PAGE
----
Tuesday, June 7, 2016

Comida Fresca

All of the food in Peru is much fresher than what I ever eat in the United States. The juices are made from pure fruit, including mango, papaya, pineapple, and passionfruit. The vegetables too are very fresh and make the most incredible soups. During one of our final group meals, we went to a gourmet burger place called Papacho’s. I had already been there twice. The first time I ordered a seemingly simple fried chicken salad and was surprised when it came with mango slices, apples, tomatoes, cucumbers, and other ingredients along with a generous portion of chicken strips. The second time, I ordered the Cusco burger which came with onions and avocados and some sauces that I can’t pronounce. The last time, I was kinda craving some American junk food, so I decided to go for some hot wings – “covered with the Amazon’s most sinful flavors”. Imagine my surprise when the waiter brought out a bowl of wings covered with onions, tomatoes, and mango salsa among other things. The wings were good, slightly spicy, but I was just really surprised by the incorporation of fresh fruit and vegetables. To me, hot wings are the antithesis of anything that could be considered healthy (except for the celery sticks, which I don’t eat). Even the junk food here has to have a taste of freshness. The incorporation of fresh fruit and vegetables also is surprising to me just because of Cusco’s location in the mountain. Even the Mercado de San Pedro has an enormous selection of fruits and vegetables. I guess we have the Incans and their terraces to thank for that. 

Whose Space?

One thing tourists are sure to note upon arriving in Peru is the lack of personal space. The streets are noisy, filled with honking and no apparent driving laws. (We had more than a few close calls on our bus rides). Even when walking, there is no such thing as personal space, as I learned when I nearly got ran over by a passionate cyclist. I had to look back and ask my group if I was in the way, or if he just didn’t care. (I wasn’t; he didn’t.) It’s almost as if it‘s more polite to just make it a really close call than to ask for some space, and words like “permiso” o “perdon” are rarely heard in the streets.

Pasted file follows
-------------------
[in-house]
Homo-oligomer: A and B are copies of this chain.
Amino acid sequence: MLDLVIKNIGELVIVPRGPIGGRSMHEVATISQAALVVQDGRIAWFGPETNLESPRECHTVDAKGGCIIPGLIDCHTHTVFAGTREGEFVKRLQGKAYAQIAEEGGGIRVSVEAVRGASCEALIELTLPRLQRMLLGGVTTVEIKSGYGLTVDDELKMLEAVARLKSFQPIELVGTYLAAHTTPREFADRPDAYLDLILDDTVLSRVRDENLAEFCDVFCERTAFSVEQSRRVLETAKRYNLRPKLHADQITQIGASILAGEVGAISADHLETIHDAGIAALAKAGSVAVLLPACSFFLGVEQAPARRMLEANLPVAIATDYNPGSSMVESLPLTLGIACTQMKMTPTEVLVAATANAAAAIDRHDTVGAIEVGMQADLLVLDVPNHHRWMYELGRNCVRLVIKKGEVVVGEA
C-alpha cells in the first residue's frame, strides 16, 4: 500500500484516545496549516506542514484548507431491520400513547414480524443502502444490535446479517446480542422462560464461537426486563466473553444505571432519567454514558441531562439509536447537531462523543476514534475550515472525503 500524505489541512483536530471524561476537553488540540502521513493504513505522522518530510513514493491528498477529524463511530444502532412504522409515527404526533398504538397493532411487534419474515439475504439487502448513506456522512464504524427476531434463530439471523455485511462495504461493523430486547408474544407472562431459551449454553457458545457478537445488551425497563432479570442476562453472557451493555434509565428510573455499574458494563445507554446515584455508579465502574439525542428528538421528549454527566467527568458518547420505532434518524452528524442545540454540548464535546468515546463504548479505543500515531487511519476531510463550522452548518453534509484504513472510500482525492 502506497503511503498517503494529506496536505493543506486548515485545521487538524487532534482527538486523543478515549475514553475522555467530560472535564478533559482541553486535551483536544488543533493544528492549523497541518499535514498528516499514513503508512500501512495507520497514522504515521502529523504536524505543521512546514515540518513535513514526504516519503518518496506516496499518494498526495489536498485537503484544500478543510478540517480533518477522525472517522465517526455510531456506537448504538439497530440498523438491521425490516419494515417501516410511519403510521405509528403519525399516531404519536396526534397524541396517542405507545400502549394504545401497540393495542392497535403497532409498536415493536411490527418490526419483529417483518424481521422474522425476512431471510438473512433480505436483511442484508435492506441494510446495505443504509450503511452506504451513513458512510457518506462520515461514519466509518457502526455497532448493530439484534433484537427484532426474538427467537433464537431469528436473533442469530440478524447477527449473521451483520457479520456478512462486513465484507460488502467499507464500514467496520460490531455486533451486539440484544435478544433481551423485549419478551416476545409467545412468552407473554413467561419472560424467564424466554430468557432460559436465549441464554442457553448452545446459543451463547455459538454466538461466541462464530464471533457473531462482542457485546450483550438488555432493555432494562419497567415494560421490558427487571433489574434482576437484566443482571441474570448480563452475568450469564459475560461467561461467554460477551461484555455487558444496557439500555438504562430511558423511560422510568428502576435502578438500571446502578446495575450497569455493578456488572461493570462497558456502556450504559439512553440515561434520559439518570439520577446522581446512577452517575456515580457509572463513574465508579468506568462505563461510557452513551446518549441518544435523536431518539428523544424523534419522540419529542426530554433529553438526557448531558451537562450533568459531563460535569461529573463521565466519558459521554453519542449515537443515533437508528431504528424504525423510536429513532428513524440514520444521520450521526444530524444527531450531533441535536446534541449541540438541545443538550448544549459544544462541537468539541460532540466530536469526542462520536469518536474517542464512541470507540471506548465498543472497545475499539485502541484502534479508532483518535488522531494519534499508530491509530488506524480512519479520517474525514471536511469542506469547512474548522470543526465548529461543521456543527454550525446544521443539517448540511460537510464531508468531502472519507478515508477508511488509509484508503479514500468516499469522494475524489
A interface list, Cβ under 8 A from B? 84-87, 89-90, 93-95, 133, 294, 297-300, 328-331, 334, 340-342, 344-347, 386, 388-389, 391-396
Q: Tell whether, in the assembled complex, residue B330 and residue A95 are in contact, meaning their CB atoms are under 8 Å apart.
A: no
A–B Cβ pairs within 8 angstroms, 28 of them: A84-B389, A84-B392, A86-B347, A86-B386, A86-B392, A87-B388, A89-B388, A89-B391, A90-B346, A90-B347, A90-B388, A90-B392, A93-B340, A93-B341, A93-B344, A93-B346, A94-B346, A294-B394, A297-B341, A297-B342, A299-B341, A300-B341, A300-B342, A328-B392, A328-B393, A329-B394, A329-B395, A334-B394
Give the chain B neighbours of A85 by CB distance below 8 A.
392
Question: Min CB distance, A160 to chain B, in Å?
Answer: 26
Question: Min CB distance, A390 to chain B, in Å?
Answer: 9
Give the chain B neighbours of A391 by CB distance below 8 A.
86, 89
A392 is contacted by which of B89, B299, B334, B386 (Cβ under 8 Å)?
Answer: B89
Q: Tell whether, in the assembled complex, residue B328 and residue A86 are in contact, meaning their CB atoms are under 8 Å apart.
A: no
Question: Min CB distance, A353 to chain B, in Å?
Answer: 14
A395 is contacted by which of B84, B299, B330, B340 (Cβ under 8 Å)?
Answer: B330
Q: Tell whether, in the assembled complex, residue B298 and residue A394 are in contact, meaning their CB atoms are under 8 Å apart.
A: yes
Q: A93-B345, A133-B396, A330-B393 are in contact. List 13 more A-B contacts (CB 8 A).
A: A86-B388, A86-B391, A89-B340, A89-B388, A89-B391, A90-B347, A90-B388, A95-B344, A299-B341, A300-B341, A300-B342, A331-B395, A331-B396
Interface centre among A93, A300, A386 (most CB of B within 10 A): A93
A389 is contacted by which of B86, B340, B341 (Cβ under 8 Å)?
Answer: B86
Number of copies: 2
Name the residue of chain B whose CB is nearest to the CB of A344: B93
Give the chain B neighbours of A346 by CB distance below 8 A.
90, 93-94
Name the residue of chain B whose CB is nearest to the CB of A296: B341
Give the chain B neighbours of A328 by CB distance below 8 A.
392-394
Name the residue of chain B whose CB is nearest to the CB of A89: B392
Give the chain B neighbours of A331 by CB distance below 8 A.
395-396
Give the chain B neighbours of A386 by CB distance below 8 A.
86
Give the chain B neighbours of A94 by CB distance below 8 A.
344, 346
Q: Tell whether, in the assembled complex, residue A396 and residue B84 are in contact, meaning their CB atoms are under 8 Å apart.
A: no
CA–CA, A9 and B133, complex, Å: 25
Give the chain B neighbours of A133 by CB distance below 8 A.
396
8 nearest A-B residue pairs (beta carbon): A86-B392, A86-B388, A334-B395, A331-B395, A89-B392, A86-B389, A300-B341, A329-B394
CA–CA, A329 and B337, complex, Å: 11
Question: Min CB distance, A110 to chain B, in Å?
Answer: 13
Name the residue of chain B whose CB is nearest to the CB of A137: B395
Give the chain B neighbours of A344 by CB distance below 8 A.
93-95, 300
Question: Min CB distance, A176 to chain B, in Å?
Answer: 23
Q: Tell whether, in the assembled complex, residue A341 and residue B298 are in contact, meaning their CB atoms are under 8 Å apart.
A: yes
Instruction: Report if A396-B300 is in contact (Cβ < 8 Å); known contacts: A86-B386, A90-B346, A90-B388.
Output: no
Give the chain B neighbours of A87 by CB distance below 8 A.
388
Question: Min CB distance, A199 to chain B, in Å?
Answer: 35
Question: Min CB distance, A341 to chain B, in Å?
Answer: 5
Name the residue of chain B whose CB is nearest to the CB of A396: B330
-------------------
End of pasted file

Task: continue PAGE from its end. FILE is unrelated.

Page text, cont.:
Even in our various shopping and dining locations, I noticed, at La Quinta for example, that people would rather slide their way around you than ask you to take two steps out of their way. After a few days, I got used to it, and it became more convenient for me, too, to just snake my way around people and cars than to expect some type of discourse. However, as we settled in at Casa Elena, it struck me that our American sense of possession of space still very much lingered with us. We are a large group of 15, easily the largest group in all of the places where we have dined. However, one day, a group from Appalachian State University also checked into the hotel and decided to have lunch at the same time as us. The dining room was crowded, and as Alejandra walked in (later than the rest of us), I shared the sense of surprise and dread clearly painted on her face. After a few minutes of eating and whispering about the new group, I thought again about how little importance personal space is to Peruvians. How could we possibly feel any sort of way about another group eating at the same time as us? It was as if we felt they were invading, when in reality, they were just here for a meal and a bed like the rest of us. Who are we to lay claim to this dining area as “our” space? What is personal space? You can’t own space, or air, especially when you’re just another tourist. Being in Peru has made me appreciate the casual ways of jaywalking and made me more open to sharing “my” space with the people around me.

Serenity in Simplicity

One of the most striking things the modern tourist would note during a trip to Maras is how simple the lifestyles seem. There is the impression that people don’t worry about much. During our stay, we stayed with a few peasant families. They only have running water at certain times of day, and we weren’t expecting them to have any electricity (which they did, surprisingly). The toilets don’t flush, so you have to use a pitcher of water to force a gravitational flush. Yet they seemed so happy. Happy to have us in their homes, and happy with themselves.

We saw a girl sitting with her brother on the sidewalk outside one of the homes. They were dirty and eating a popsicle. At first the boy was walking, just minding his business, and then he started crying. {I think our “Holas” and weird accents scared him). His sister picked him up and hugged him until he stopped crying, but in order to do so, she had to put her cookies on the ground. (Cue Jiayi having a heart attack about the germs). Then when he decided he didn’t want any more of the popsicle, he just got up and walked away. The sister didn’t try to stop him or follow him or anything, and it occurred to me that she didn’t have to. This town was far away from the big city problems of hustle bustle and danger that we call progress.